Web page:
South Korea-based textile and clothing manufacturer Hansae Co., Ltd. is creating a localized sourcing stream for synthetic textiles for its Haiti manufacturing operations through a strategic partnership with fabric manufacturer Willbes Dominica Synthetic Mill.
The memorandum of understanding was signed on May 2 at Hansae’s headquarters in Seoul. Hansae vice chairman and CEO Daymond Ik Whan Kim, Hansae president and CEO Kyung Kim and Willbes president Chan-hyeok Lim attended, strengthening their commitment to strategic cooperation.
Hansae’s production subsidiary in Haiti operates 60 lines in three factories and has the capacity to produce about 2 million pieces of clothing per month. Willbes produces chemical fiber fabrics in the Dominican Republic and has production facilities capable of producing 30 tons of fabrics per day. The major goal of this partnership is to supply Hansae with high-quality Willbes synthetic fiber, which has been made in Dominica for 36 years, as well as to generate synergy by running the production line flexibly and reacting to customer needs with agility.
Through this agreement, the two companies expect to reduce lead times by around nine to 10 weeks as compared to Asian sourcing and result in a 30 percent reduction in duty costs. As an example of duty benefits, Hansae previously could not use the trade preference programs Haitian Hemispheric Opportunity through Partnership Encouragement Act (HOPE) and Haiti Economic Lift Program (HELP) Act for its men’s crewneck shirts because they were made with fabrics from Asia. Now, with this localized fabric sourcing, this category is eligible for export tax benefits, which represents an average savings of 25-32 percent.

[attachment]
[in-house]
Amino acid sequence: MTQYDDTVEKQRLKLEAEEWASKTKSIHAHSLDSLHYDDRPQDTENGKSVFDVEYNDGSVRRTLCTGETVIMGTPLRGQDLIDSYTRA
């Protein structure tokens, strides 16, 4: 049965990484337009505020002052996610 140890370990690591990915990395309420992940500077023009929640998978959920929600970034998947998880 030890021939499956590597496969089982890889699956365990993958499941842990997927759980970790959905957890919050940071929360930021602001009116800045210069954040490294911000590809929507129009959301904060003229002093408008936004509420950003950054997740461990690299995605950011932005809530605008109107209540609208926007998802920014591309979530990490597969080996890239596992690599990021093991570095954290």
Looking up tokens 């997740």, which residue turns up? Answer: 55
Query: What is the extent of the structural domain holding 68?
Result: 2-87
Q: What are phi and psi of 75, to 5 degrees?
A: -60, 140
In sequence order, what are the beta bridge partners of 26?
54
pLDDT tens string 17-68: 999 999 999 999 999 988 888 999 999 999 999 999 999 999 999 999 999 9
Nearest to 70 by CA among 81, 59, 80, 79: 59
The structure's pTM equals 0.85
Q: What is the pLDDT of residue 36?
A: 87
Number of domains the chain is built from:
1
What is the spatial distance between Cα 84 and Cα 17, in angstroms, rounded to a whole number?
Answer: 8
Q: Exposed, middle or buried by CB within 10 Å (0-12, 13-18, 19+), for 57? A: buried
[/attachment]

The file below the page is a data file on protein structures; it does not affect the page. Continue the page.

Hansae and Willbes are committed to establishing the strongest and most reliable strategic cooperation possible on Hispaniola Island, which is home to Haiti and the Dominican Republic, and to increase their market share in the U.S. The ready-made-garment (RMG) producer counts U.S. brands and retailers such as American Eagle Outfitters, DKNY, JCPenney, Ralph Lauren and Under Armour among its customer base.
“It has become more important than ever to respond promptly to the rapid changes in the market and the corresponding needs of the buyers,” said Daymond Ik Whan Kim, vice chairman of Hansae Fashion Worldwide, during the signing of the strategic partnership agreement. “This strategic partnership between the two manufacturers will greatly sustain improving the product quality through rapid market response as well as the establishment of a stable supply chain.”
Hansae entered Haiti in 2016, and it has been steadily increasing production every year. Among the Korean apparel companies in Haiti, Hansae has the largest facility. It employs more than 3,000 local employees and contributes to the local economy. The company has been investing in Central America to support the growing demand for nearshoring. This past fall, Hansae announced a new sustainable, vertical facility in Guatemala.
Across its manufacturing facilities in Asia and the Americas, Hansae is focused on making its production more sustainable, including reducing energy and water use. By 2030, Hansae aims to cut its total water consumption by 20 percent. “As a main fabric supplier factory for such brands as Gap, Old Navy, Target, Kohl’s, Pink and Walmart, the factory’s water use is directly connected to the water consumption efforts of the brands,” said Ik Whan Kim.
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